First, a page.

'Too Tough To Die,' Cass Neary Cuts A Jagged Path Through Crime Fiction
"Too Tough to Die." Those words are tattooed on Cass Neary, the antihero of Elizabeth Hand's crime-novel series that began with Generation Loss and continued with Available Dark and the new Hard Light. Where those words are inked — and why Cass chose to put them there — is one of the many jagged, tragic details that make the series so compelling: In the early '80s, at the age of 23, Cass was stabbed and raped. Her tattoo covers the scar she incurred that night — and in a perverse way, it also proudly tags it. (Not that she dwells on it.)
Now a washed-up punk rocker in her late forties living in a rent-controlled apartment in New York City, "Scary Neary" spends more time struggling to survive on her bookstore-clerk wages while battling various addictions: Meth, speed, booze, prescription drugs, you name it — but not battling too hard. Cass has other skeletons rattling around in her closet. During a brief time in the '70s, when punk was all the rage in New York, she was a semi-famous photographer. Her book of morbidly elegant photos, Dead Girls, opened the door to a career, but she squandered that opportunity in what became a pattern of self-destructive behavior.
Now she's a cult figure to a handful of photo aficionados around the world — those whose tastes run toward the transgressive — which doesn't help her much as she scrabbles for the occasional freelance assignment. It all changes one day when she's offered a journalism gig in the wilds of Maine: interviewing a reclusive, legendary photographer who lives in a small town where people have begun to mysteriously disappear.
'Generation Loss,' 'Available Dark,' and 'Hard Light' form a single, breathless, absorbing story — and if the stark ending of the latest volume is any indication, it's far from over.
That mystery forms the plot of Generation Loss. Published in 2007, it was a gear-shift for Hand. Previously she'd written horror, fantasy, and science fiction, often packaged in complex narratives and lush prose. Her turn to crime fiction brought with it a new style: Sharp, clear, and mercilessly lean. Not only did that style fit Cass, it fit Hand: The author, roughly the same age as her character, was also a part of the punk scene in her youth. Generation Loss rasps with gritty authenticity, from the copious references to artists like Iggy Pop and the Ramones to the way Cass' hardcore attraction to damage and destruction propels her deep into the book's maze of murder and secrets.
Weirdness abounds in Generation Loss — in one memorable scene, the teenage Cass looks up in the sky to see an enormous eye peering down at here, a symptom of mental imbalance or something more cosmically horrifying — although it never quite tips over into the supernatural.
In fact, with Available Dark, the weirdness is toned down slightly in favor of a brisker, more streamlined crime tale. Fired from her bookstore job and deep in drugs once more, Cass receives an old photo of her high-school lover Quinn, from whom she's been estranged for decades. This leads her to Finland and then Iceland in search of him — and the Scandinavian setting feels, in part, like a nod to Stieg Larsson's Lisbeth Salander, a character with many similarities to Cass who took the literary world by storm a year after Generation Loss was published. But Cass is, as always, the embattled underdog, and her nervy, gripping first-person voice carries Available Dark through the murky underworld of Scandinavian black metal, a place far more perilous than Cass' tame-by-comparison punk scene.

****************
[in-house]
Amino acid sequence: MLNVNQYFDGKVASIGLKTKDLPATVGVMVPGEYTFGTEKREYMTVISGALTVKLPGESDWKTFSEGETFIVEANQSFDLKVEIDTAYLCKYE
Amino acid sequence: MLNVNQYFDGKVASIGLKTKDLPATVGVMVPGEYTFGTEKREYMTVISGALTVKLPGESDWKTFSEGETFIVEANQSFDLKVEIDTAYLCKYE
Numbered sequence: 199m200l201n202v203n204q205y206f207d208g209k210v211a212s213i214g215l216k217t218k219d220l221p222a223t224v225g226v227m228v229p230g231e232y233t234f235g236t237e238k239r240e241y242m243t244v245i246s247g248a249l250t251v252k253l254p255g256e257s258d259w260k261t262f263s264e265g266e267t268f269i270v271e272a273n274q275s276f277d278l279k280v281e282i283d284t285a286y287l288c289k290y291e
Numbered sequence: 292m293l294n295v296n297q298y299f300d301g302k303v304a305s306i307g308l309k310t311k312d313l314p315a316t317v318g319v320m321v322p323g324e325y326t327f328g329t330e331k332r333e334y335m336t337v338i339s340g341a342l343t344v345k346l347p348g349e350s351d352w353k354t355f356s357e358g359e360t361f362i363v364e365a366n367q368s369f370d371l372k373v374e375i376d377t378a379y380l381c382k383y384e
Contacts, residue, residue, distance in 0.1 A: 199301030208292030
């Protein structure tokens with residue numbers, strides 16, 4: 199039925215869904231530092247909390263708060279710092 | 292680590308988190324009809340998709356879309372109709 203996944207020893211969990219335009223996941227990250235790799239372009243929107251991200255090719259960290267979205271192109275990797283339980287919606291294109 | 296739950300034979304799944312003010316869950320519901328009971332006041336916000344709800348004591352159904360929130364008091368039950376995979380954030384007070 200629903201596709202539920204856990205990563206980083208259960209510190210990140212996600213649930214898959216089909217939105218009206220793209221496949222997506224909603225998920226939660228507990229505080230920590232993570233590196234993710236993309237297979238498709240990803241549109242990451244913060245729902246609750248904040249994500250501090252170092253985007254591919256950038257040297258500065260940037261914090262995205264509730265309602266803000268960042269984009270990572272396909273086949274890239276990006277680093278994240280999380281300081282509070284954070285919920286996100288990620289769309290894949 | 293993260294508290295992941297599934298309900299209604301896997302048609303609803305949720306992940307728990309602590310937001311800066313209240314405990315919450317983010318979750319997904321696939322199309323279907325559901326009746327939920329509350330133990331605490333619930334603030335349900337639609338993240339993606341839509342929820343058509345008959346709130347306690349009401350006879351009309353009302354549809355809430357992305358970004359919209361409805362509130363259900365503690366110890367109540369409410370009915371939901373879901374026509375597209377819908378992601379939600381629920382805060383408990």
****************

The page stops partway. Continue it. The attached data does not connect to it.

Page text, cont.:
Hard Light is the latest, longest, and most involved book of the series, a sprawl that encompasses black-market antiquities dealing, ancient English ruins, cult cinema, rave culture, and the '70s rock-groupie scene. And Hand makes it all work. This time around, Cass has flown to London on a stolen passport in order to meet Quinn; a gruesome event at the end of Available Dark has cast shadows on their recent reunion, but Cass is nonetheless driven to see their unhealthy relationship through. She doesn't get the chance, as she stumbles across bodies, falls prey to her own addictions, and gets swept up in an insidious family secret.
As with the first two books in the series, Hard Light is rife with Cass' ruminations about photographic techniques and aesthetics — at some points it reads a bit drily, like a primer on photography, although the ending is a brilliant use of the camera as both a plot device and a metaphor.
Like many crime series, the Cass Neary books are formulaic in spots — but they follow their own formula, a cyclical rhythm that feels a whirlpool starting to circle. Each book ends with a showdown in some desolate, dramatic, deadly terrain, and Cass collects fresh scars like clockwork. She's guaranteed to find the wrong corpse at the wrong time, and on every other page she's washing down Adderall with Jack Daniel's. The consequences of her dark, dangerous lifestyle hit her hard, though, as they accumulate and clutch at her soul. With barely a gap in chronology between each of them, Generation Loss, Available Dark, and Hard Light form a single, breathless, absorbing story — and if the stark ending of the latest volume is any indication, it's far from over.
Or as Cass herself puts it at the start of Hard Light: "I'm the ghost of punk, haunting the twenty-first century in disintegrating black-and-white." Too tough to die, indeed.
Jason Heller is a senior writer at The A.V. Club, a Hugo Award-winning editor and author of the novel Taft 2012.
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